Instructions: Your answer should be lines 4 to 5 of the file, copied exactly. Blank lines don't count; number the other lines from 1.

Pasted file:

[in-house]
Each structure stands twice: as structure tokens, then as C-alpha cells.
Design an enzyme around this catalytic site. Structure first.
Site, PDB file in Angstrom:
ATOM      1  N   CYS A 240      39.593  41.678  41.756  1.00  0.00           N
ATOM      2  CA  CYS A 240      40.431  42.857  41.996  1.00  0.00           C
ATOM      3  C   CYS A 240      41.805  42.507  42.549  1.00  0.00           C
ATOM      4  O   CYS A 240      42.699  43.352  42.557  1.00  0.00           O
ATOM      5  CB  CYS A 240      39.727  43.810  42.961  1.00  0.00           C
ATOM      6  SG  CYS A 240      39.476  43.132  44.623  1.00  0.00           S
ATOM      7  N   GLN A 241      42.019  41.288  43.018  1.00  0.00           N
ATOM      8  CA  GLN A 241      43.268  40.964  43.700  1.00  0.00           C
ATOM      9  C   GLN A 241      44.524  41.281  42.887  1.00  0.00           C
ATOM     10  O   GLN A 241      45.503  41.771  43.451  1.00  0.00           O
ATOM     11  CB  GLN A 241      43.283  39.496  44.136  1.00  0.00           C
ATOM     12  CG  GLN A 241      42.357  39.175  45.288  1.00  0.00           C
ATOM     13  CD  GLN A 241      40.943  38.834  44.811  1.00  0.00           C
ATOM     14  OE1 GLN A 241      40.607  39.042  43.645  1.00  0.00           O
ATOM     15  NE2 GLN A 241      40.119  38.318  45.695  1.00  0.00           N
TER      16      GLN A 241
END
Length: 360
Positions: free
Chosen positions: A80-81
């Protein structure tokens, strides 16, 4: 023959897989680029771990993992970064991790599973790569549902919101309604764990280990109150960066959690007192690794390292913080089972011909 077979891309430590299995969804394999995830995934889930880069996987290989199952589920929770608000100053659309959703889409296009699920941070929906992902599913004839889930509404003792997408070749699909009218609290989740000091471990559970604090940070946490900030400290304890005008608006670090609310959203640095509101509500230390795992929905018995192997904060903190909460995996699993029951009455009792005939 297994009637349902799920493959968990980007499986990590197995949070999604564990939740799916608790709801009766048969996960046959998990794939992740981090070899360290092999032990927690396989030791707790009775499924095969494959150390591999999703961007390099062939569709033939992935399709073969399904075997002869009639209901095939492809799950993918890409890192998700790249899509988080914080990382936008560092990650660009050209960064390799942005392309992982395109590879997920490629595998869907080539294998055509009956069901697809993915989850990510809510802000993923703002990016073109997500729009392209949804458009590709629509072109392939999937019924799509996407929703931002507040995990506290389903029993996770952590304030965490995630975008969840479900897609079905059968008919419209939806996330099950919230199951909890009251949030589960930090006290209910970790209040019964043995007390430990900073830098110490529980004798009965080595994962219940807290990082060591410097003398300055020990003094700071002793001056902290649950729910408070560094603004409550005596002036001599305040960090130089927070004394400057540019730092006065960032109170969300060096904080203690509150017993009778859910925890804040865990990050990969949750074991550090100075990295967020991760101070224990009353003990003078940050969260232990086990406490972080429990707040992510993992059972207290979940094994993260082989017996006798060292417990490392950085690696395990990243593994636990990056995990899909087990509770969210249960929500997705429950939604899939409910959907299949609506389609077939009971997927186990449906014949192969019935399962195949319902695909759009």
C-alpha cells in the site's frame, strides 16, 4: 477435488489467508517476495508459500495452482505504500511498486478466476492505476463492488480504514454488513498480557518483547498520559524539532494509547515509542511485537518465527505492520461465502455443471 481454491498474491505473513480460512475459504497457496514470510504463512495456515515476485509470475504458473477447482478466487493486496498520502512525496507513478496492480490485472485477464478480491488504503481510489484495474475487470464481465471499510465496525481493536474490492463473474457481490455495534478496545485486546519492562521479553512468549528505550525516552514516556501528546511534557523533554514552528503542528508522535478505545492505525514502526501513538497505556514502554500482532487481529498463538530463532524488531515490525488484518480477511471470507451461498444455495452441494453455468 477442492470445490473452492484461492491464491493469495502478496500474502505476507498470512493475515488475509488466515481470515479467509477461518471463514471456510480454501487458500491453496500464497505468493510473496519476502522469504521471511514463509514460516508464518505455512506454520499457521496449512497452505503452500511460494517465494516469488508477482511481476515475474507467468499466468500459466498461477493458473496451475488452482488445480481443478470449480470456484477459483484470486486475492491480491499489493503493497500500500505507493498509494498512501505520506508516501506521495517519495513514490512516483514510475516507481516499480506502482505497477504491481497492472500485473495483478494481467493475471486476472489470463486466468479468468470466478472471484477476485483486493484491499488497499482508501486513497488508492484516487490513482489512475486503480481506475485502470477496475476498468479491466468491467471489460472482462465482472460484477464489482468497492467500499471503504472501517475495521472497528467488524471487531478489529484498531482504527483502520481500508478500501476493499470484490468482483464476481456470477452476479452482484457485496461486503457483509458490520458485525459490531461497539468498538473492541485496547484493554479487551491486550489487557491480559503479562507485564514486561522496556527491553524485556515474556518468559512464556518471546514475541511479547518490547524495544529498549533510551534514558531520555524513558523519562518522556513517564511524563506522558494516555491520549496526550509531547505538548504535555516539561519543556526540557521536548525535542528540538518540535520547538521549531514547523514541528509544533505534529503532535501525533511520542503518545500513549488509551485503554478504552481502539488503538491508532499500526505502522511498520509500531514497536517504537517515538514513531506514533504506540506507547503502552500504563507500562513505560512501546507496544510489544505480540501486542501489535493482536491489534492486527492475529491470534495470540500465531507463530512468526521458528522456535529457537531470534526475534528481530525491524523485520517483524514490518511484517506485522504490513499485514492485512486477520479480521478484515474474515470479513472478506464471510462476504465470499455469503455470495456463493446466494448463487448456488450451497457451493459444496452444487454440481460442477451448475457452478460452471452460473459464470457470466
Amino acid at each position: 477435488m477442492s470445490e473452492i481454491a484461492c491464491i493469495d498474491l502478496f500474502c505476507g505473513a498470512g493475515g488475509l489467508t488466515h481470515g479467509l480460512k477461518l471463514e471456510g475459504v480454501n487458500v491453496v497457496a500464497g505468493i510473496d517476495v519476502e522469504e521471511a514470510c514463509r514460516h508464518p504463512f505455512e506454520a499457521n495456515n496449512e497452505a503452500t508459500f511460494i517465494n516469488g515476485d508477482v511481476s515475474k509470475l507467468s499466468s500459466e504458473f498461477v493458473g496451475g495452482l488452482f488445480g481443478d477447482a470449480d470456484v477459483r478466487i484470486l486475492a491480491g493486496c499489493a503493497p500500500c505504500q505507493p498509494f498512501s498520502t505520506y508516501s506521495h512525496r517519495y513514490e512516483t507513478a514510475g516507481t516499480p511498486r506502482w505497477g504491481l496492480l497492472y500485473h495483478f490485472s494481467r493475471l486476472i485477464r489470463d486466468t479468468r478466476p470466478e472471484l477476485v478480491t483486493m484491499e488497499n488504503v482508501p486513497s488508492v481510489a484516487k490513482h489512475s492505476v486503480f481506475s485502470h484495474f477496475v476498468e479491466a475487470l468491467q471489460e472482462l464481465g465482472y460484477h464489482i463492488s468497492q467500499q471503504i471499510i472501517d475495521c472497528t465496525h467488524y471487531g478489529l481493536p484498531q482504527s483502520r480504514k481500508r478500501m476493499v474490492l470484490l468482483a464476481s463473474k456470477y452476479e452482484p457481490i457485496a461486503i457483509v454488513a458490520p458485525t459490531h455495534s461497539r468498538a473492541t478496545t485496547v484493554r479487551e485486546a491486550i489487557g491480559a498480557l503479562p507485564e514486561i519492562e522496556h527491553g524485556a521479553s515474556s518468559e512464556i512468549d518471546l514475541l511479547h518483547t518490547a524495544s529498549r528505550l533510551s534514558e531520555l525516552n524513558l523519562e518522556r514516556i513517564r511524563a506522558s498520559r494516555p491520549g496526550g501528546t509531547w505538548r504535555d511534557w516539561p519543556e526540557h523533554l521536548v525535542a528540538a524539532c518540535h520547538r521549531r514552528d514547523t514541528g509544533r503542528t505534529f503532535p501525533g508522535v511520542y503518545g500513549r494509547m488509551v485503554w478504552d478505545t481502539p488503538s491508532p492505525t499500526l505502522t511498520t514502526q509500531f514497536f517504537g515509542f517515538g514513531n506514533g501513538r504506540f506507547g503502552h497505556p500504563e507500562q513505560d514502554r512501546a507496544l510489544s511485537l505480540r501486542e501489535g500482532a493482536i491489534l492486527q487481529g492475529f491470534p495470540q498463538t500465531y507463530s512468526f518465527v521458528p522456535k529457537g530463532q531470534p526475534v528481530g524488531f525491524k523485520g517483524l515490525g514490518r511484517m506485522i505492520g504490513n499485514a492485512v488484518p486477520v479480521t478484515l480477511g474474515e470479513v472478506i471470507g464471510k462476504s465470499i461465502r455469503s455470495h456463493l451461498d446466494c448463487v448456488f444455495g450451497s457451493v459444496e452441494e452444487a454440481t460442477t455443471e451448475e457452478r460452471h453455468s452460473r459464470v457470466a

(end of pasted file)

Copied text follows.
Site, PDB file in Angstrom:
ATOM      1  N   CYS A 240      39.593  41.678  41.756  1.00  0.00           N